Unlocking the potential of the Māori land agribusiness

The Minister of Māori Affairs, Dr Pita Sharples recently launched the report Owners’ Aspirations Regarding the Use of Māori Land at Parliament in conjunction with Hon David Carter, Minister of Agriculture, who released the report Māori Agribusiness in New Zealand: A Study of the Māori Freehold Land Resource.

Dr Sharples says the reports look into the economic, cultural and social aspirations Māori communities have for their land, and the potential of agribusiness in Māori-owned land.

Te Puni Kōkiri’s report presents findings from six hui held throughout 2010 with owners of large and small land blocks. The land owners were asked what their aspirations were and how they can best be supported. The consensus was that Māori land should be retained and used to enable it to be passed onto future generations. The use of the land should balance commercial and cultural imperatives.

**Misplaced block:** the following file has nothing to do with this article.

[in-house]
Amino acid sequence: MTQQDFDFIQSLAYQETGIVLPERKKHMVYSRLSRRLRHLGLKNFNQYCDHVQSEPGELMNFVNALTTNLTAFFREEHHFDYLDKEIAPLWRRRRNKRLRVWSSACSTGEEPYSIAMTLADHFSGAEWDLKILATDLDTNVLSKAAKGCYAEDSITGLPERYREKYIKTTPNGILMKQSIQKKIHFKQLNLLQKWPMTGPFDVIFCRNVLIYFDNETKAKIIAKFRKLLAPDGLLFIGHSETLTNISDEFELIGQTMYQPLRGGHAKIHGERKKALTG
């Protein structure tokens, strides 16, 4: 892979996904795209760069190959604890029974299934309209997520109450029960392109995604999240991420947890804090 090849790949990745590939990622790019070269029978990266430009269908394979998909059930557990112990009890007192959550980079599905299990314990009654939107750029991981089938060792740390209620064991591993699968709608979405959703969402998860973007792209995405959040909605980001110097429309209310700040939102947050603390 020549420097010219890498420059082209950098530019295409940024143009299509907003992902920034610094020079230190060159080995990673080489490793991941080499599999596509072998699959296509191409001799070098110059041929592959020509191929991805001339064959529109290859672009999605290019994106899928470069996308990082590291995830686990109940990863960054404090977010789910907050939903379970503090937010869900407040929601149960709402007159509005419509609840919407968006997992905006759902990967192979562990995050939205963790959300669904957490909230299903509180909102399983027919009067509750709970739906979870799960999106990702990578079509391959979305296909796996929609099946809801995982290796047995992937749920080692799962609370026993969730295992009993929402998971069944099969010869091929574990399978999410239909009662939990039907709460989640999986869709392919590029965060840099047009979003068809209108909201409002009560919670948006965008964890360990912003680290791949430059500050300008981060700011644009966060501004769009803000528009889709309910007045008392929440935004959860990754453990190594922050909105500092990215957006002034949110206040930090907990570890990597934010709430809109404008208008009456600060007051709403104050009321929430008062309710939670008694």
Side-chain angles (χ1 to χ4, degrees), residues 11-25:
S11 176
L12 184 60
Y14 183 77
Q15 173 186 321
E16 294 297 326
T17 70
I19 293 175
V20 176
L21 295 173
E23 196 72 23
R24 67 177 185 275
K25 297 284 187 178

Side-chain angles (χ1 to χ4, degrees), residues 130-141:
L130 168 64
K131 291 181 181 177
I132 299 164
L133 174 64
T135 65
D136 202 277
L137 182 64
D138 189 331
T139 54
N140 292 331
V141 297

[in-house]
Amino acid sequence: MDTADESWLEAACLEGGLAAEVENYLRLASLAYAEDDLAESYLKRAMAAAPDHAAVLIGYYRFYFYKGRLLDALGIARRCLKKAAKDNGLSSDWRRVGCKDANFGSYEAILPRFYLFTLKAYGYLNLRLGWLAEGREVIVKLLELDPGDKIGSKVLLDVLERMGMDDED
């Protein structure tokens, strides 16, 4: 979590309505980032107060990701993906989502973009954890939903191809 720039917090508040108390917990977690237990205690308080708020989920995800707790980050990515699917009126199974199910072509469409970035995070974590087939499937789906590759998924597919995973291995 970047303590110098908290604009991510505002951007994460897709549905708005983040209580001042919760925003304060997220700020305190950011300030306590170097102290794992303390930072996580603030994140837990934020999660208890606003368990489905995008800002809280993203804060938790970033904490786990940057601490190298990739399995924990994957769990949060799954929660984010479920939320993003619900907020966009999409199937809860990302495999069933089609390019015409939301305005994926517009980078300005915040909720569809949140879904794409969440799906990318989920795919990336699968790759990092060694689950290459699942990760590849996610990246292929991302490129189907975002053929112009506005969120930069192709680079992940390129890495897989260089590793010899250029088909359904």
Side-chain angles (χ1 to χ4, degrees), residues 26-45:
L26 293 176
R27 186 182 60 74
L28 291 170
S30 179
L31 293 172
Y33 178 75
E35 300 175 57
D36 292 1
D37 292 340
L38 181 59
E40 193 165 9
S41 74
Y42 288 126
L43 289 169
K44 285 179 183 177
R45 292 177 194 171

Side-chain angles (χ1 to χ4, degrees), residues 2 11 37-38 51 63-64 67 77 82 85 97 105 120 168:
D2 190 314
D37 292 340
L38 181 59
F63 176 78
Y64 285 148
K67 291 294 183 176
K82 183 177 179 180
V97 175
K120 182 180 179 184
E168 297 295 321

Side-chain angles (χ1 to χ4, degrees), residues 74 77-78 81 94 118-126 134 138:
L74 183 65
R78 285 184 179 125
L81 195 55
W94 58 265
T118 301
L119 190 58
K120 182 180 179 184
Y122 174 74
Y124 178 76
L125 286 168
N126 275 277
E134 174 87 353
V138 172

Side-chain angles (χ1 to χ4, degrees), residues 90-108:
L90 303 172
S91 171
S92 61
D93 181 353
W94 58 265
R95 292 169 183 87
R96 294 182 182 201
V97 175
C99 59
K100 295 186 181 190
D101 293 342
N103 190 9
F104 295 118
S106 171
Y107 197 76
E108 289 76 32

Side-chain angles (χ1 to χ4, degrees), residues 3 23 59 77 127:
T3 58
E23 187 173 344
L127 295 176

The report says there are several barriers to Māori developing this land, including complex governance and management structures, as well as business knowledge and skills.

“The report also shows that Māori are successfully advancing their aspirations for the benefit of their whānau now and in the future,” Dr Sharples says.

The Ministry of Agriculture report found that about 80% of Māori freehold land - or 1.2 million hectares - is under-utilised or under-performing.

Agriculture Minister David Carter says Māori agribusiness is a key priority for the Government and the reports will help it lift the productivity of Māori land and agribusiness.

He says Māori landowners are already significant contributors to New Zealand’s primary sectors but there is room for them to develop into more profitable and sustainable businesses.

The reports recommend a review of the regulatory environment for Māori land ownership groups, as well as training and development programmes for those overseeing Māori entities.